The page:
by Ahmad Sabri / Al-Arab Al-Yawm –
(November 23, 2003) Melbourne Independent Media Center — Sources close to the Interim Governing Council of Iraq have told al-Arab al-Yawm in Baghdad that the new US strategy in Iraq which Paul Bremer brought back to the Council members from Washington has not yet been revealed in its entirety. The reliable sources say that there are clauses in the agreement that are to remain secret until an appropriate time comes for their publication.
The sources revealed that the most important of these secret clauses in the document — which the Council announced after meeting Bremer at the beginning of this week — provide for the establishment of at least six military bases in different parts of Iraq in which American forces will be concentrated on a permanent basis in order to guarantee a continued American and British presence in accordance with the strategy that brought their fleets to these hot waters in the first place.
The sources say that a number of strategic positions have been chosen with precision in various parts of Iraq to be the locations of American and British bases during the second phase of the Anglo-American occupation of Iraq.
Six Sites for Secret US Bases
The sources revealed the names of these bases and the planned positions for permanent deployment. They are:
• Al-Habbaniyah Airbase [website note: already an RAF airbase for much of the last century] near the city of al-Fallujah, 65km west of Baghdad,
• Ash-Sha’biyah Airbase in Basra, 600km south of Baghdad,
• ‘Ali ibn Abi Taleb Airbase on the outskirts of the city of an-Nasiriyah, 400km south of Baghdad,
• al-Walid Airbase about 330km north west of Baghdad,
o al-Ghazlani Camp in the city of Mosul, 400km north of Baghdad, and
• A permanent deployment of forces in the east of Iraq in what is known as the Hamrin mountain range that extends from Diyala Provice, 60km east of Baghdad, and borders on Iran and extends to the oil-rich city of Kirkuk, 260km north of Baghdad.
The sources explained the choice of these locations for permanent Anglo-American deployment by saying that they cover most of the territory of Iraq, and are linked to the Iraqi borders in all four directions, giving them strategic importance in defining the future course of the “new” Iraq. The choice of these locations is also linked to the aim of deterring neighbors of Iraq who might attempt to threaten Iraqi territory in the future.
Observers say that the choice of these positions discloses the American perspective regarding the future of the country. This perspective is that they must, through their presence in Iraq, control the keys to movement in virtually all directions while maintaining a high level of flexibility of action throughout the Arab region as a whole. This geographical deployment will, without doubt, secure those objectives of the occupation forces. In addition, the plan provides for reliance on air bases of the utmost importance in Iraq — a new focal point for American strategy in the Middle East region.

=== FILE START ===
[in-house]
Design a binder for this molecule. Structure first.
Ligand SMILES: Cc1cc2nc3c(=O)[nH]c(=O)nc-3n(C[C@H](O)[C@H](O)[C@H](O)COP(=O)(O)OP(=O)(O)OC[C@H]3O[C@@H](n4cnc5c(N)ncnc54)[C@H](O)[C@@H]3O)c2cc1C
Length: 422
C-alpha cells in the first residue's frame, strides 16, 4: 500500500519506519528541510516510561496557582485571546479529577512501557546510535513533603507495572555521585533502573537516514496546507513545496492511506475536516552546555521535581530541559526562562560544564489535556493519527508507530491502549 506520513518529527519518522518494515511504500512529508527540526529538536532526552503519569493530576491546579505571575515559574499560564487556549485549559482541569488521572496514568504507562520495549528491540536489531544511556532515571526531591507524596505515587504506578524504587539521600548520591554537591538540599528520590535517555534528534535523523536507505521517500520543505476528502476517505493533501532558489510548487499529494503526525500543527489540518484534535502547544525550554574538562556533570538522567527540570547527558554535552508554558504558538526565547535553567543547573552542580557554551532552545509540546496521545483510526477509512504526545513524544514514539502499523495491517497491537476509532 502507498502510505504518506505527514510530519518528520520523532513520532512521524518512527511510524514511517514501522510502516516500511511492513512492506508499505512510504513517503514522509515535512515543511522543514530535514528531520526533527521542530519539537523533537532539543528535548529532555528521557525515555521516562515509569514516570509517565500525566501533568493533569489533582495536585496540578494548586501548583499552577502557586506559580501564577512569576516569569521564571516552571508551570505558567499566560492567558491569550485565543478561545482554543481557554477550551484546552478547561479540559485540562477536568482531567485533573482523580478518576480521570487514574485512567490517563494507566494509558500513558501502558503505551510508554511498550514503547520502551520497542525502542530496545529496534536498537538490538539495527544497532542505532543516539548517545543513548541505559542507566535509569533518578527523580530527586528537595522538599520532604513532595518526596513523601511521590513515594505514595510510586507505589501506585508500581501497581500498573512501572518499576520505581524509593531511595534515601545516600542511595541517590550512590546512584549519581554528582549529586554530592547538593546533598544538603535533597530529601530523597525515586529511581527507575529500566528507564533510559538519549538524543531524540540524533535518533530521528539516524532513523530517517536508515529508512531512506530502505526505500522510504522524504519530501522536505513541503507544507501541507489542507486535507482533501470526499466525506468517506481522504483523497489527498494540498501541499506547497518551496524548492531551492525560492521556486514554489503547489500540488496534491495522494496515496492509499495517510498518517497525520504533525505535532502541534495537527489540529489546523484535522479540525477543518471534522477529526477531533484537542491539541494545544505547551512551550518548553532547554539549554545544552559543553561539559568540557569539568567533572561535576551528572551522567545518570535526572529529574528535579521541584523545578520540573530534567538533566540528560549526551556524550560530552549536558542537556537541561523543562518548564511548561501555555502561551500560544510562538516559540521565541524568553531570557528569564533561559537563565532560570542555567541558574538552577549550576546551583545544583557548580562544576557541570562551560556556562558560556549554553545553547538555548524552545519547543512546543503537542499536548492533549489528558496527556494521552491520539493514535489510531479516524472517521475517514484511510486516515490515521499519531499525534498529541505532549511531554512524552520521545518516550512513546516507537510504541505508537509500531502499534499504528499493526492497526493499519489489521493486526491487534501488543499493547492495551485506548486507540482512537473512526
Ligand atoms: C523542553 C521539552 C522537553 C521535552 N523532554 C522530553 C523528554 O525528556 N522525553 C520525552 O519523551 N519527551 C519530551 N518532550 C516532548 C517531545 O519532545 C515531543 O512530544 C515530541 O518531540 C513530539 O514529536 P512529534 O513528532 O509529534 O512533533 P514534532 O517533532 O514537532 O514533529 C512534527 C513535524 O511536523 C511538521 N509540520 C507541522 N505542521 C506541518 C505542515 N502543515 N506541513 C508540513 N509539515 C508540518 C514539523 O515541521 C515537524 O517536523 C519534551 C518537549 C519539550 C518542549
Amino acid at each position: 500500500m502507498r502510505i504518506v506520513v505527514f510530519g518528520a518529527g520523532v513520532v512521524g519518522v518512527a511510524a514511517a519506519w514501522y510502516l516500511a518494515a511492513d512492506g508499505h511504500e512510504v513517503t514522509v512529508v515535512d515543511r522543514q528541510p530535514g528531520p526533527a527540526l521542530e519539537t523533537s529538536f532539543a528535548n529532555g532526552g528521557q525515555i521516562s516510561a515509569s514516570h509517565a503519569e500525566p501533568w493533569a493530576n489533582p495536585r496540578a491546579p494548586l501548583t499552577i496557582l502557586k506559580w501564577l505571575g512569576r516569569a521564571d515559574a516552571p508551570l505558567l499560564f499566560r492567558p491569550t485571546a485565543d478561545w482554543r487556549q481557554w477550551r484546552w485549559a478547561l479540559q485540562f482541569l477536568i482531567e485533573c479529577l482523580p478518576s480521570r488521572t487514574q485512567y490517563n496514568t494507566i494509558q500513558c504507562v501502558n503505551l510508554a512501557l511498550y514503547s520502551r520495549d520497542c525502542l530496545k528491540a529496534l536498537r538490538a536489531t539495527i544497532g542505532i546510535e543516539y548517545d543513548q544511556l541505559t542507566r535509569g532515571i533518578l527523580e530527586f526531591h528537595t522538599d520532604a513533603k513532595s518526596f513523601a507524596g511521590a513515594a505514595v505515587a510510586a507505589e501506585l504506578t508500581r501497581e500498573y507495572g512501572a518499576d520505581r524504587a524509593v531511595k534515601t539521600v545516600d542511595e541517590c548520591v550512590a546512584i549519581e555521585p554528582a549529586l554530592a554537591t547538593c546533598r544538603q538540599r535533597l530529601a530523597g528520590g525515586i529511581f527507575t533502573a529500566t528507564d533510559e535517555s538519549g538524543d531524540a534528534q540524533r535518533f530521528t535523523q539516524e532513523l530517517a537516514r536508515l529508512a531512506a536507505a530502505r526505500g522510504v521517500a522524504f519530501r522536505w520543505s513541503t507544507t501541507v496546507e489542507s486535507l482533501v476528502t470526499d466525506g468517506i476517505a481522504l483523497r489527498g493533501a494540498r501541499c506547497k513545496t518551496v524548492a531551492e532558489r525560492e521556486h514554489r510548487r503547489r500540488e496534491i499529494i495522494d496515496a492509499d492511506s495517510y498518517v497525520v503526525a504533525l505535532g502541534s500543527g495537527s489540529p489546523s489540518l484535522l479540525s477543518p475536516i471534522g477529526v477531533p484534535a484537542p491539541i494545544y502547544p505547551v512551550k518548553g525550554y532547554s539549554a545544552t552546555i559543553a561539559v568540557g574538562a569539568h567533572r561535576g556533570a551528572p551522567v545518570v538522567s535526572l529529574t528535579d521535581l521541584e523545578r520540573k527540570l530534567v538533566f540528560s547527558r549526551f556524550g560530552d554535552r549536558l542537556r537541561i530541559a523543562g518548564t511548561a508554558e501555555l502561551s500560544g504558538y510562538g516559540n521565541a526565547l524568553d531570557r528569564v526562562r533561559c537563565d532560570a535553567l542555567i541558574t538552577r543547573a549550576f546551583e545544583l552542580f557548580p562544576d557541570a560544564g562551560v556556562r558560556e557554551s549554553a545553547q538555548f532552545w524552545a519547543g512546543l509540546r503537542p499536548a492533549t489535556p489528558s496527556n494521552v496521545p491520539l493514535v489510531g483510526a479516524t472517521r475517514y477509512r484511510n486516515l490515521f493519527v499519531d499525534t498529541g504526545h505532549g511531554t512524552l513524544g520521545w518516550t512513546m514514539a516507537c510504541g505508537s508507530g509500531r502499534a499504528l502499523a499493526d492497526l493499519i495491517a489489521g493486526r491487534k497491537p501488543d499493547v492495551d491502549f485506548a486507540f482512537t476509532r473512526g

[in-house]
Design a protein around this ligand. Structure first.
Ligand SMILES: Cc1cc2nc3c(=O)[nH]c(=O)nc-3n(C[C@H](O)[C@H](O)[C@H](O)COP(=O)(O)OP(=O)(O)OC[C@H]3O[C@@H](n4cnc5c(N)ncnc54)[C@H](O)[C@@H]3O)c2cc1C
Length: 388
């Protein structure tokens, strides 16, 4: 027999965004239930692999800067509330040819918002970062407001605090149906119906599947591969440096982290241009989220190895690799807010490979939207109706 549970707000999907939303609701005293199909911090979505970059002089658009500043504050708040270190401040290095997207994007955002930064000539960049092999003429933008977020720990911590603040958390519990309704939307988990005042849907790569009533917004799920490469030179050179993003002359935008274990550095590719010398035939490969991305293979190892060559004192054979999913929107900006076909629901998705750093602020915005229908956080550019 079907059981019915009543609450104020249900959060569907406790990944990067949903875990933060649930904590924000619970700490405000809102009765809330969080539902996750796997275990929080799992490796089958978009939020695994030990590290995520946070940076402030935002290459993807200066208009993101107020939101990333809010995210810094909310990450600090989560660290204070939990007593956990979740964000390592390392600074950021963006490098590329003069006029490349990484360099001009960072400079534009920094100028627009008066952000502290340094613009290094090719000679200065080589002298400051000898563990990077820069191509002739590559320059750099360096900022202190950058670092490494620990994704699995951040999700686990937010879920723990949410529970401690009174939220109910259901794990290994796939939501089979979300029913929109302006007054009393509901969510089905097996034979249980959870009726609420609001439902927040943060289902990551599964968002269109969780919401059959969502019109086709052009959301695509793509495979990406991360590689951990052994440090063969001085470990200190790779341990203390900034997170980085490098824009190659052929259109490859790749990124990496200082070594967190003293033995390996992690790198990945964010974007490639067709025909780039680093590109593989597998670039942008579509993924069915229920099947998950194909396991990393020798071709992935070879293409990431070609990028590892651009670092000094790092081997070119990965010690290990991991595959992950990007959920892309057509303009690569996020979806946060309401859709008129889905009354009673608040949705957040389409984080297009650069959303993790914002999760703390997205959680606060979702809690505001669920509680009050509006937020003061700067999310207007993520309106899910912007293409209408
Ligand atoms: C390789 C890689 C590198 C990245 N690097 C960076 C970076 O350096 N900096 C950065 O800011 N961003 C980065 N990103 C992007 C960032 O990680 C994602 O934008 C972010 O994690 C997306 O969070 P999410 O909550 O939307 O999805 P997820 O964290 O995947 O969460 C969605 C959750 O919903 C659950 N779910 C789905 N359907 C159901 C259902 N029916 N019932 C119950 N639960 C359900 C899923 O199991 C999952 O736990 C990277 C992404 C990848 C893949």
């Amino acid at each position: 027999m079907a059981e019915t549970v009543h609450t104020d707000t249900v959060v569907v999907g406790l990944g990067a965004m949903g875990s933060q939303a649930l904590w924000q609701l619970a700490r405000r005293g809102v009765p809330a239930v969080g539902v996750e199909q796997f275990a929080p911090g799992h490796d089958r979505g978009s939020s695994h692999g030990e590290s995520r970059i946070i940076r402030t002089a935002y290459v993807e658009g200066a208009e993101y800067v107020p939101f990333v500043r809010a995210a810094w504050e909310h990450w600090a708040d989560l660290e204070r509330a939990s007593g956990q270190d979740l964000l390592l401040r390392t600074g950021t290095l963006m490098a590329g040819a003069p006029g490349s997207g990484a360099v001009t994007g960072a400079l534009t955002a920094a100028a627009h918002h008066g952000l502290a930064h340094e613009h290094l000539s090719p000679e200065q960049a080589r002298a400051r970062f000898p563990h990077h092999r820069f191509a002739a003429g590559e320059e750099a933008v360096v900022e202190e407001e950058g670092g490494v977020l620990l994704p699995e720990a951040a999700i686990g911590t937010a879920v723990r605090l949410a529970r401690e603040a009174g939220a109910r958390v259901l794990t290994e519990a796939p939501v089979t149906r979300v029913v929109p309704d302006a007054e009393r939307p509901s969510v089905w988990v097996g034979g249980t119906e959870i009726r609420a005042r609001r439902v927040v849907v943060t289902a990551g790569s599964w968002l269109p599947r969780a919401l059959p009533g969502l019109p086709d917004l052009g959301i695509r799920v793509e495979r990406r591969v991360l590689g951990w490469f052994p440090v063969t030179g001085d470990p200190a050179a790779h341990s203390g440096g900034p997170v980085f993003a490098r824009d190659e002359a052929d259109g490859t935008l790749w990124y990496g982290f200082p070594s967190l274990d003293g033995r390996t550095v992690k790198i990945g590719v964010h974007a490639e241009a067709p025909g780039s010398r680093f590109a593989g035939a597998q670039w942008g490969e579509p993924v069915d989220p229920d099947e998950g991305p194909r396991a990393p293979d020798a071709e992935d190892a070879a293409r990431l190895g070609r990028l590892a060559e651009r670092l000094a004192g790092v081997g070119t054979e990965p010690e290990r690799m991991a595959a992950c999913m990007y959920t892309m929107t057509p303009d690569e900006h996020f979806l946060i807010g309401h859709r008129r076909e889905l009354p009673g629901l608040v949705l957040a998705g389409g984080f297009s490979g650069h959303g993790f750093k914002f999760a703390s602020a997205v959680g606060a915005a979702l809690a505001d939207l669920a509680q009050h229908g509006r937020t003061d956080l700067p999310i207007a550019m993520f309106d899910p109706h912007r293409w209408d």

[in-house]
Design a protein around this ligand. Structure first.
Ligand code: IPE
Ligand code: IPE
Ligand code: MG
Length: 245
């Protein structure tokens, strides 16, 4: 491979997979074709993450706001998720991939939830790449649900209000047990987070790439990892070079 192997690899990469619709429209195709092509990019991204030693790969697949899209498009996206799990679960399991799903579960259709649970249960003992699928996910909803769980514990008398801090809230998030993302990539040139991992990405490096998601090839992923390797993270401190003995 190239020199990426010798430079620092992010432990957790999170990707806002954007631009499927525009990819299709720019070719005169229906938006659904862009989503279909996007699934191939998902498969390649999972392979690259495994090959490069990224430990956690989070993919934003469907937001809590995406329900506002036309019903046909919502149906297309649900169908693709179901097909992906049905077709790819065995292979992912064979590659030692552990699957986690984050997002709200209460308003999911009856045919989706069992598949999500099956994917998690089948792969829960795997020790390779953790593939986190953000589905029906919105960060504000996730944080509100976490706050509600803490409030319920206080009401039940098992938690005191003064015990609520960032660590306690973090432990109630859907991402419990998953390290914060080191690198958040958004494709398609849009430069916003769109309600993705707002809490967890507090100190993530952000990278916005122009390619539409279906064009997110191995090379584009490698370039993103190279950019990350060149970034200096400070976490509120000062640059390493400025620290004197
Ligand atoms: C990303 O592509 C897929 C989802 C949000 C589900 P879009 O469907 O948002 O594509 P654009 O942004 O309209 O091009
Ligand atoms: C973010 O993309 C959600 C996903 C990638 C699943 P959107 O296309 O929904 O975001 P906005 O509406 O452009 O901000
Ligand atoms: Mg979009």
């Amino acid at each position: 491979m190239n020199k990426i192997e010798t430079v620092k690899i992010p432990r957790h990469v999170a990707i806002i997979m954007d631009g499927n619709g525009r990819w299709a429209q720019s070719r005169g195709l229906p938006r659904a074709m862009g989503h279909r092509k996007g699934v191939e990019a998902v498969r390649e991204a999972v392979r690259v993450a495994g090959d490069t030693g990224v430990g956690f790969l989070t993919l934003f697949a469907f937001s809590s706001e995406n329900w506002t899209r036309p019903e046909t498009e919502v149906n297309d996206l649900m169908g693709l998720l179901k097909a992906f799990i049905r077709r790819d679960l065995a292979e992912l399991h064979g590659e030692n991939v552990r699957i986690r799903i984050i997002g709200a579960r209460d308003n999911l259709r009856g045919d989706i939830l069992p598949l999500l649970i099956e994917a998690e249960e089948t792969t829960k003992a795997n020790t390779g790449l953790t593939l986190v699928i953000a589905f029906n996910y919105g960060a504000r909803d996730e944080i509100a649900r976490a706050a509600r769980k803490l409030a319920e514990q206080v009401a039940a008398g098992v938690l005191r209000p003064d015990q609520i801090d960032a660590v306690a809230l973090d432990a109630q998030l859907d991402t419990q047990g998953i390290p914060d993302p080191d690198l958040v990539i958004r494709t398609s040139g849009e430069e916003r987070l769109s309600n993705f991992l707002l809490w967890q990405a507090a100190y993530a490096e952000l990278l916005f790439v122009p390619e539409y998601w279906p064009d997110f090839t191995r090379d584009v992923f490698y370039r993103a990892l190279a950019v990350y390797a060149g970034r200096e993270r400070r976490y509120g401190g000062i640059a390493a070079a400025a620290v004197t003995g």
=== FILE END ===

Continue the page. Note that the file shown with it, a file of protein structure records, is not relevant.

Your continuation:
Iraqis Will Be Told To Request a Permanent US Presence
Although the American administration is still afraid openly to announce these planned measures that provide for a permanent military deployment in Iraq, leaks in the press indicate that a number of intelligence organizations traveled through Iraqi territory and did field surveys in great detail noting the strong and weak points of dozens of military positions and airbases scattered throughout the country.
According to these leaks, American military and intelligence specialists settled their sights on the six locations and bases mentioned above.
In order for these deployments to be permanent and not subject to any possible political upheavals in Iraq, (acccording to the secret provisions in the agreement between Bremer and the Interim Governing Council) the expanded Governing Council and the government based on that council will at the middle of next year call on the United States and Britain to keep a portion of their forces in Iraq to preserve what has come to be known as security and stability in Iraq.
According to corresponding sources, the subject of American and British forces remaining permanently in Iraq has aroused two opposing responses from within the current so-called Governing Council.
The first rejects the idea of an American withdrawal on the grounds that the security and political situation are not suitable for a withdrawal at the present time. Ahmad Chelebi, the President of the Iraqi National Congress, is the chief proponent of this position.
Others on the council demand that the American forces accelerate their departure from Iraq and hand control of the country’s security over to Iraqi individuals, now that the Americans and British have successfully completed their basic task. Muhsin ‘Abd al-Hamid, the General Secretary of the Iraqi Islamic Group, ‘Adnan al-Bajah Ji, President of the Group of Independent Democrats, and Jalal at-Talibani, leader of the Kurdistani National Union are in favor of this position.
Some Iraqi sources expect that the Interim Iraqi Government, which is expected to be declared next June, will request, immediately after taking office, some as yet undetermined countries to send military forces to Iraq to take over tasks being done by the American forces now.
Some Iraqi officials and also some American quarters believe that the request will be presented to a number of Arab and Islamic countries, other than the countries that neighbor Iraq (due to the intense opposition that the Kurdish parties in the Council would evince to any such invitation going to Turkey, while the Sunni Islamic circles are expected to oppose the entry of any Iranian forces into Iraq, out of fear that they would strengthen the activities of the Shiites who are pushing to take over some mosques and Sunni religious institutions in the country, marginalizing the highly skilled and experienced Sunnis.)